Although we have not answered question 2 with a definitive "yes" as the district court presumed, our answer requires us to consider the facts of this case to determine the number of occurrences involved. Under our analysis of the space-time continuum and Roy's control of the vehicle, we conclude that there were two occurrences in this case.

The first occurrence took place when Roy encountered Jones' vehicle, forcing Jones to swerve to miss Roy's truck and resulting in injuries and damages to Jones and her vehicle. If Jones had successfully maneuvered around Roy's truck without injury, there would have been no occurrence.

The second occurrence took place when Wolf swerved to avoid Roy's truck and rolled his car. Roy's encounter with Wolf was separated by approximately 1 minute in time and 1/2 mile in space from Roy's encounter with Jones. Roy continued to have control over his vehicle after his encounter with Jones, and Roy's encounter with Wolf was not related to his encounter with Jones. However, Roy's head-on collision with the Wilkins' van was in such rapid instantaneous succession and occurred so close to the same location as Roy's encounter with Wolf as to make it a nearly simultaneous event. Because the encounter with Wolf's car and his collision with the Wilkins' van were not separated by time and space, they cannot be considered separate occurrences.

Under the facts of this case, there were two occurrences.

4. What is the maximum amount of American Family's liability under the policy?

The American Family policy provided a per person limit of $100,000 and a per occurrence limit of $300,000. The federal district court did not specify whether these limits applied to both bodily injury and property damage, but it set forth the following policy language:

"1. The bodily injury liability limit for 'each person' is the maximum for all damages sustained by all persons as a result of bodily injury to one person in any one occurrence.

"2. Subject to the bodily injury liability limit for 'each person,' the bodily injury liability limit for "each occurrence" is the maximum for bodily injury sustained by two or more persons in any one occurrence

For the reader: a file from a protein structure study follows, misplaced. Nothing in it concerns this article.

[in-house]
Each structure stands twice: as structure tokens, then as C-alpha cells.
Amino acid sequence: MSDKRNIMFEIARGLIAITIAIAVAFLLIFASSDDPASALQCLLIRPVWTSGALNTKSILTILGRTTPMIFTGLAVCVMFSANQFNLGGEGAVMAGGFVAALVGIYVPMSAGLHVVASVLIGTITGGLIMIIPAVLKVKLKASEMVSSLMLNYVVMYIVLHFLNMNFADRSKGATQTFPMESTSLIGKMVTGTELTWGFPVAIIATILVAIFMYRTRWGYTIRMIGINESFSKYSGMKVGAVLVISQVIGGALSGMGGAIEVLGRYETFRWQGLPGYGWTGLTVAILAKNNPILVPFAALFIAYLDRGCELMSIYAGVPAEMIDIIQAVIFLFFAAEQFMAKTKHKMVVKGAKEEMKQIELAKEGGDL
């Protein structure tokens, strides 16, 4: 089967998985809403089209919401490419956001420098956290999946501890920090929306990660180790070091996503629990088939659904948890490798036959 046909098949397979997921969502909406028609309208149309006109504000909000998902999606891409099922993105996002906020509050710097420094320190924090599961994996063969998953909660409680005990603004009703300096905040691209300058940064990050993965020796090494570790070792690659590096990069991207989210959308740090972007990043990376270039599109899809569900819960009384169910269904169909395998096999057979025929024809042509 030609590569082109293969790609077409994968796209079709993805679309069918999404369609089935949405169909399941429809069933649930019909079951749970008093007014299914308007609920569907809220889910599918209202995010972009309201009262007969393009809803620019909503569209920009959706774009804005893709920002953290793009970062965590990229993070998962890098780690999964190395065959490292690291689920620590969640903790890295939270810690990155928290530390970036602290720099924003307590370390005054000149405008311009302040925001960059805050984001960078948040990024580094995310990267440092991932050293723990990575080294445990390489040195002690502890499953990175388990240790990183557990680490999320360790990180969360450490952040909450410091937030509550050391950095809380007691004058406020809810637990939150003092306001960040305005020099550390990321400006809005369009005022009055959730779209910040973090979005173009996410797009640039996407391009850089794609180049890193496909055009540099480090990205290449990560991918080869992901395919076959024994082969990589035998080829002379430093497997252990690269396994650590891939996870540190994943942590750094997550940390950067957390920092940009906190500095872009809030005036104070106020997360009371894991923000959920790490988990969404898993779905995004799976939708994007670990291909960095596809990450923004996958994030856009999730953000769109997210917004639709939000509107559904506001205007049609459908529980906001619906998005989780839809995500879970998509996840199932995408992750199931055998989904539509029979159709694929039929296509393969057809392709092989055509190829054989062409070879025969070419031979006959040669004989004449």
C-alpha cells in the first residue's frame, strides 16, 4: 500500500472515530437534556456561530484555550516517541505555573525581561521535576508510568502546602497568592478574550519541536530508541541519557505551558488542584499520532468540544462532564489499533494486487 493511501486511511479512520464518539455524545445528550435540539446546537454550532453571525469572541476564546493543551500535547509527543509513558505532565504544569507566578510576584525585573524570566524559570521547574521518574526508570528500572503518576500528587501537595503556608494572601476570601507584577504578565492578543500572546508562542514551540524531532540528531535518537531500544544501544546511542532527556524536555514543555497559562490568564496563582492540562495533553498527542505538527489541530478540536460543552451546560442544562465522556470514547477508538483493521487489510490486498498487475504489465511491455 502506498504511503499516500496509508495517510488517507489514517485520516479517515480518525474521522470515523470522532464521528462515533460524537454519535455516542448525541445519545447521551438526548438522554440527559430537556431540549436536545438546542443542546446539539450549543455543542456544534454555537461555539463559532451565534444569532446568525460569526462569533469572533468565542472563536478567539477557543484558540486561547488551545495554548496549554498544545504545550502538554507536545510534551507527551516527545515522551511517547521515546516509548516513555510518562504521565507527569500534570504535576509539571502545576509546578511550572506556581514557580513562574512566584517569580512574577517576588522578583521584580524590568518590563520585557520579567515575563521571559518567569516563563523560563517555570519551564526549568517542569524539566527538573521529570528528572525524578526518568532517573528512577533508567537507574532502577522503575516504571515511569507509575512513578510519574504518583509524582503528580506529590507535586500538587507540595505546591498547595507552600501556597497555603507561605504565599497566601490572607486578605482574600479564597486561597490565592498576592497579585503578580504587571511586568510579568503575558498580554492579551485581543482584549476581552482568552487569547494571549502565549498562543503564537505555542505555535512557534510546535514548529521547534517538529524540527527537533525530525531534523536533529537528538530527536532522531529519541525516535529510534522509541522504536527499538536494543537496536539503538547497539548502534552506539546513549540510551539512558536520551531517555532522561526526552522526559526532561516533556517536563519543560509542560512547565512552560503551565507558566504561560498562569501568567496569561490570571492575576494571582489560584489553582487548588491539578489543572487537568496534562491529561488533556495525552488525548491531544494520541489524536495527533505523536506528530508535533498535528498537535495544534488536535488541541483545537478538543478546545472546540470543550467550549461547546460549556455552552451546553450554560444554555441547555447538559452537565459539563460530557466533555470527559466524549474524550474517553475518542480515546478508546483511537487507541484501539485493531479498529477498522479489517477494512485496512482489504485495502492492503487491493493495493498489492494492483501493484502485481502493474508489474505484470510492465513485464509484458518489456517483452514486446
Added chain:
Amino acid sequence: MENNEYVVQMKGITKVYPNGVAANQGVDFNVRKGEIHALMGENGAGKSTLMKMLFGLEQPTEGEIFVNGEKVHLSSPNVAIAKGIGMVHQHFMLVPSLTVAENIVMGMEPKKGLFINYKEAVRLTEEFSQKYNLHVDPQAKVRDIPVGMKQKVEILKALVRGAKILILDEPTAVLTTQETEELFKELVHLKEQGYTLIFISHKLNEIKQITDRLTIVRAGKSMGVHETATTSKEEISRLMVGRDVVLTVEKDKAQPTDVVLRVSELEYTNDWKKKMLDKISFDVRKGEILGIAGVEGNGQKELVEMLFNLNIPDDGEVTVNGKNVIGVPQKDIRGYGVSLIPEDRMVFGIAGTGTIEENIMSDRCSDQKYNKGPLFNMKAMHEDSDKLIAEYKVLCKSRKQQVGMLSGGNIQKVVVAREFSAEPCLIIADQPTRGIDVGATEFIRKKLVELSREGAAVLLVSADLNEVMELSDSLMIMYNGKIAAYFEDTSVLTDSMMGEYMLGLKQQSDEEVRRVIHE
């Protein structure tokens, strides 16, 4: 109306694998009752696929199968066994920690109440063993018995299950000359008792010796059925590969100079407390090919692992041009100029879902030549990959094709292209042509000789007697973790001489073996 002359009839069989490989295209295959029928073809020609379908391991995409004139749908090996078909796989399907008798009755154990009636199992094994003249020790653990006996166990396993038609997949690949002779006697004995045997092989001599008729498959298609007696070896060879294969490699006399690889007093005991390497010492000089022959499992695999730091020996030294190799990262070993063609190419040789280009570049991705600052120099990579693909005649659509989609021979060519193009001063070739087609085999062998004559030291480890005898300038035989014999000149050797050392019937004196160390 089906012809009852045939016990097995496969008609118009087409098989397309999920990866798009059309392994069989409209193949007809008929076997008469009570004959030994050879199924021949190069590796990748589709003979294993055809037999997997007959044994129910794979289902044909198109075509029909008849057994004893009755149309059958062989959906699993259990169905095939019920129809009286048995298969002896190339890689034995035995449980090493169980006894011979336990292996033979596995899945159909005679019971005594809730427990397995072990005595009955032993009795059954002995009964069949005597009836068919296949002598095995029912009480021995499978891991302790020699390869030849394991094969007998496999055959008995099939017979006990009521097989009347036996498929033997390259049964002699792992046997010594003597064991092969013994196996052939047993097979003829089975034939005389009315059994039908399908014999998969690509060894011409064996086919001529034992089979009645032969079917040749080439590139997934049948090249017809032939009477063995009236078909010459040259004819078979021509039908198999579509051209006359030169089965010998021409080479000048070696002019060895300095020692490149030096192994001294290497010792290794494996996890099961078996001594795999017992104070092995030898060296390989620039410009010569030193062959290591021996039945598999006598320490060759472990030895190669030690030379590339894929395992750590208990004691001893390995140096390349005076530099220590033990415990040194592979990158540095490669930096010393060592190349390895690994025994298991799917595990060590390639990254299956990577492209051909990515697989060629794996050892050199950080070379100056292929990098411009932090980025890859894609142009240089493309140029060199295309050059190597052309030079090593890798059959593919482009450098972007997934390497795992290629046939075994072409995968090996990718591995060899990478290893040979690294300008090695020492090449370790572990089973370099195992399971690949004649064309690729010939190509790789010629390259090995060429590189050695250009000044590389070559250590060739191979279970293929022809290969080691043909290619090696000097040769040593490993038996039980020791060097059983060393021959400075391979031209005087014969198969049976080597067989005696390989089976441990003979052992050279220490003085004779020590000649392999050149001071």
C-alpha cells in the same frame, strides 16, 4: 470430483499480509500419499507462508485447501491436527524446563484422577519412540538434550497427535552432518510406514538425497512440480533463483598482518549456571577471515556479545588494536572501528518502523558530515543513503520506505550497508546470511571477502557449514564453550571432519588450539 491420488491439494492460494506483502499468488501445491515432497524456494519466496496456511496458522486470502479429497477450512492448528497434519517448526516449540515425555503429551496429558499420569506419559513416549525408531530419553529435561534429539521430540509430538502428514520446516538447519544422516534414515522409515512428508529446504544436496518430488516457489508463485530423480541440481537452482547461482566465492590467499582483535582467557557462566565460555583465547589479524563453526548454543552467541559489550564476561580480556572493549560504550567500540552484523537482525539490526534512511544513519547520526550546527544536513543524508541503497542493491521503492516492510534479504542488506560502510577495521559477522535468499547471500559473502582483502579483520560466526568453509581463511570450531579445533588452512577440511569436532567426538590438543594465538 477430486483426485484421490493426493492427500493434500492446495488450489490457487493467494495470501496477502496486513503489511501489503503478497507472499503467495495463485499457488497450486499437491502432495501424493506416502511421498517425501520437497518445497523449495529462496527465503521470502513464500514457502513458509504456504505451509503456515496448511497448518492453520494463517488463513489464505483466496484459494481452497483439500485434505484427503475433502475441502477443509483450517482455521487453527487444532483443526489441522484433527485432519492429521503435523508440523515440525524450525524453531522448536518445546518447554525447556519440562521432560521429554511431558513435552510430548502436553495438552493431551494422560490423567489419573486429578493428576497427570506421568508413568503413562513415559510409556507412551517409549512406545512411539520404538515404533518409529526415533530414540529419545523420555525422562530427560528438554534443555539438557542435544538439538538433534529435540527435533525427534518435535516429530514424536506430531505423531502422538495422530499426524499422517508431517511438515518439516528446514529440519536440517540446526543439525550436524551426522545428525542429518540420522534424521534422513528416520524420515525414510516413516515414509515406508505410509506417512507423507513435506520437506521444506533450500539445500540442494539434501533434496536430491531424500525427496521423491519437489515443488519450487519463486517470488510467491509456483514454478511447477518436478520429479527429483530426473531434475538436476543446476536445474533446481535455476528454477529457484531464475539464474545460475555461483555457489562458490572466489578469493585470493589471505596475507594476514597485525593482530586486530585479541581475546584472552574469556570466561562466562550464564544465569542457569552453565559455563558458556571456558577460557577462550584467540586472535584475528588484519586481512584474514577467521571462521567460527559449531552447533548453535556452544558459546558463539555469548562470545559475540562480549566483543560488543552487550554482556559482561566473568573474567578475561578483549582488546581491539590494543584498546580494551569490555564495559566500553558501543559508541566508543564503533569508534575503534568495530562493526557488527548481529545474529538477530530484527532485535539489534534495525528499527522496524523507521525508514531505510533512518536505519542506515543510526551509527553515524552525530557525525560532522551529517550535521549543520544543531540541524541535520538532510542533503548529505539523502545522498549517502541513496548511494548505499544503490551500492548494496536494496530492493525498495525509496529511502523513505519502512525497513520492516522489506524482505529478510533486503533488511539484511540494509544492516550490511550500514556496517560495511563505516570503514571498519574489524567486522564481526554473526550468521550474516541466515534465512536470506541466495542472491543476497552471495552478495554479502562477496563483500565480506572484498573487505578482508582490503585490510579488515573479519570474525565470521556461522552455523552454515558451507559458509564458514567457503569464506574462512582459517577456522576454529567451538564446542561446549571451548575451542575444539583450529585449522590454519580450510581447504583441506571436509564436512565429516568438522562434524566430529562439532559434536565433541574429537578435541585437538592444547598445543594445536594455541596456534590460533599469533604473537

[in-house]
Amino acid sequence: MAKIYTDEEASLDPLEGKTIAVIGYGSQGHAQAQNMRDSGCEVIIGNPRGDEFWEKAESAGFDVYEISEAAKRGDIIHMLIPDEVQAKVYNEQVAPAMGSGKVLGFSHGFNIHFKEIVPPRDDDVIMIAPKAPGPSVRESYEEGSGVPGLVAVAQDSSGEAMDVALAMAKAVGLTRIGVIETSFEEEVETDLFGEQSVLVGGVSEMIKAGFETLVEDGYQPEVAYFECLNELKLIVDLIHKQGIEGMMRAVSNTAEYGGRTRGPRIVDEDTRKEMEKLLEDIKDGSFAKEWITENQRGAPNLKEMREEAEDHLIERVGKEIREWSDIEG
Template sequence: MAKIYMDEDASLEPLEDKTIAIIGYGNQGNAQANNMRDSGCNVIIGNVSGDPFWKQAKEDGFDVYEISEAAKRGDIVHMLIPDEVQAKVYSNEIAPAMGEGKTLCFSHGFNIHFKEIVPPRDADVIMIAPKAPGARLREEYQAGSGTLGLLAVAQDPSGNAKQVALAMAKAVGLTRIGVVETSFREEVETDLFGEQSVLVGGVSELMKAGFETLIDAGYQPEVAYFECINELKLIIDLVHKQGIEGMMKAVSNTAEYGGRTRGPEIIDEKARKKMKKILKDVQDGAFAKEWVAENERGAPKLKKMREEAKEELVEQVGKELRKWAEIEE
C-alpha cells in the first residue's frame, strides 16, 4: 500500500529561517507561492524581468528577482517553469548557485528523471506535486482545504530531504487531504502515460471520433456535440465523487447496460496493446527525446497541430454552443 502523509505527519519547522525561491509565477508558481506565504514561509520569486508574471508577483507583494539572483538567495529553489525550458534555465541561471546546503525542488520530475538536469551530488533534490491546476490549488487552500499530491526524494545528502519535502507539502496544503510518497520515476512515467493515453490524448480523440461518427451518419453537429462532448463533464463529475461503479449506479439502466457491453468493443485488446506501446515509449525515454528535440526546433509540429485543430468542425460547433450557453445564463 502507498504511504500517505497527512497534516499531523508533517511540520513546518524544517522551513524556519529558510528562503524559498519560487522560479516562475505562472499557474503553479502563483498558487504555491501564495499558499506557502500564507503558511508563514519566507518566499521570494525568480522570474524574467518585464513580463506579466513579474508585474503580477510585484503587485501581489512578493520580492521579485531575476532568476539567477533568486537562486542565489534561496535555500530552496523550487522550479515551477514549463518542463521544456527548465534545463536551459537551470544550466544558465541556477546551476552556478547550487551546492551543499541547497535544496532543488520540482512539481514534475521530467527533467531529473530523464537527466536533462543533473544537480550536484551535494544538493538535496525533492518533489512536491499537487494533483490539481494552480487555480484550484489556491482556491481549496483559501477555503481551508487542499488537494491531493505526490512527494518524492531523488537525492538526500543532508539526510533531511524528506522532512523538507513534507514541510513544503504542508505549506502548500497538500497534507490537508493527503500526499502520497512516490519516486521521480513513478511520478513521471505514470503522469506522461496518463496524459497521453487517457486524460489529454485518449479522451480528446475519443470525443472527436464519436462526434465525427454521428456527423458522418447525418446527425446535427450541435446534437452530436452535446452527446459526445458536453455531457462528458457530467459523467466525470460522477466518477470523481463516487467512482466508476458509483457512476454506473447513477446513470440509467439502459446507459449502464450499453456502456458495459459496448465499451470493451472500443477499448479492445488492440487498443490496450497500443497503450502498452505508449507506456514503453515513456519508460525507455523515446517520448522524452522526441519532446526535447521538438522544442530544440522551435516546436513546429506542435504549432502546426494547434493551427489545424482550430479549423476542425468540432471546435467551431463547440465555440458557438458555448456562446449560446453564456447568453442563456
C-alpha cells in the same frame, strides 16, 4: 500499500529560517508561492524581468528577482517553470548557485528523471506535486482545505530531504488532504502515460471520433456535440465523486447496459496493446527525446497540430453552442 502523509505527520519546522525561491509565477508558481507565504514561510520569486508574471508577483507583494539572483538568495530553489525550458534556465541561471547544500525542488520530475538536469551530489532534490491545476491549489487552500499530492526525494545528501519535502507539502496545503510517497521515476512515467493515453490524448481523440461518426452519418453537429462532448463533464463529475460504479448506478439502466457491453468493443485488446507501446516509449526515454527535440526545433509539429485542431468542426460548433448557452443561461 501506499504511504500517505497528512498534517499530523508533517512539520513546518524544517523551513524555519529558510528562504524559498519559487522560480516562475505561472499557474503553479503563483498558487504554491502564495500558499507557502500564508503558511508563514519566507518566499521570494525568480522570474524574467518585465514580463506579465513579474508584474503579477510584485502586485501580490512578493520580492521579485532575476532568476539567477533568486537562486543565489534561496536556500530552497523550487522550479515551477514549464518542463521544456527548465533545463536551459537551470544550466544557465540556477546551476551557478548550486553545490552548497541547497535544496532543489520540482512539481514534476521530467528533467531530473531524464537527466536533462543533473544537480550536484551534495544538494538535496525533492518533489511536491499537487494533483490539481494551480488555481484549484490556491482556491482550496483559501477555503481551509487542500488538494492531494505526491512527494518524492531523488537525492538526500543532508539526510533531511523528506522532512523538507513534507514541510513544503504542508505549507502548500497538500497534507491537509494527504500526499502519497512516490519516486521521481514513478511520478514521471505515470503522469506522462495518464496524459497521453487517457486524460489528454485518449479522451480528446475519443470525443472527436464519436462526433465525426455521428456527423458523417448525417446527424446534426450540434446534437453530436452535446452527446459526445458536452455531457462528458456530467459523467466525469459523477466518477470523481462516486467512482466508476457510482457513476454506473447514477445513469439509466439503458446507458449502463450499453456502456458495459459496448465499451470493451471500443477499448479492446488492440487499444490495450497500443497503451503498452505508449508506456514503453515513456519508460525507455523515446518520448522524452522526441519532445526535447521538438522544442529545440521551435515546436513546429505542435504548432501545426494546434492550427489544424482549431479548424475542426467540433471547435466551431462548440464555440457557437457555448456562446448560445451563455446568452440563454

"3. The property damage liability limit for 'each occurrence' is the maximum for all damages to all property in any one occurrence."

Because the federal district court did not provide the policy language related to the limits on property damage, we decline to fully answer the question presented by the federal district court. However, we will answer the question in relation to the limits for bodily injury.

When the insurance policy unambiguously provides that its per occurrence limit is subject to its per person limit, the maximum bodily injury damages claimed by any one person are subject to the per person limit even if more than one person is injured. Farm Bureau Mut. Ins. Co. v. Winters, 248 Kan. 295, 300-01, 806 P.2d 993 (1991); Farmers Ins. Co. v. Rosen, 17 Kan. App. 2d 468, 473, 839 P.2d 71, rev. denied 252 Kan. 1091 (1992). The American Family language clearly subjects the per occurrence limit to the per person limit. Thus, the per person limit applies in this case regardless of whether more than one person was injured by the occurrence.

For the first occurrence with Jones, one person suffered bodily injury. American Family is subject to a maximum liability of $100,000 for bodily injury for this occurrence.

For the second occurrence with the Wolf and the Wilkins vehicles, the facts as presented by the federal district court indicate that one person was injured in the Wolf vehicle and four persons were injured or killed in the Wilkins vehicle. Applying only the $100,000 per person limit, would result in $500,000 as the maximum. However, the American Family policy limits the coverage to $300,000 per occurrence. Because all five individuals were injured in the same occurrence, the $300,000 per occurrence limit would apply.

Adding together the liability for personal injury for both occurrences, the maximum amount of American Family's liability for bodily injury only under its policy with Roy is $400,000.

DAVIS, J., not participating.

MCANANY, J., assigned.1

1REPORTER'S NOTE: Judge Patrick D. McAnany, of the Kansas Court of Appeals, was appointed to hear case No. 98,181 vice Justice Davis pursuant to the authority vested in the Supreme Court by K.S.A. 20-3002(c).

END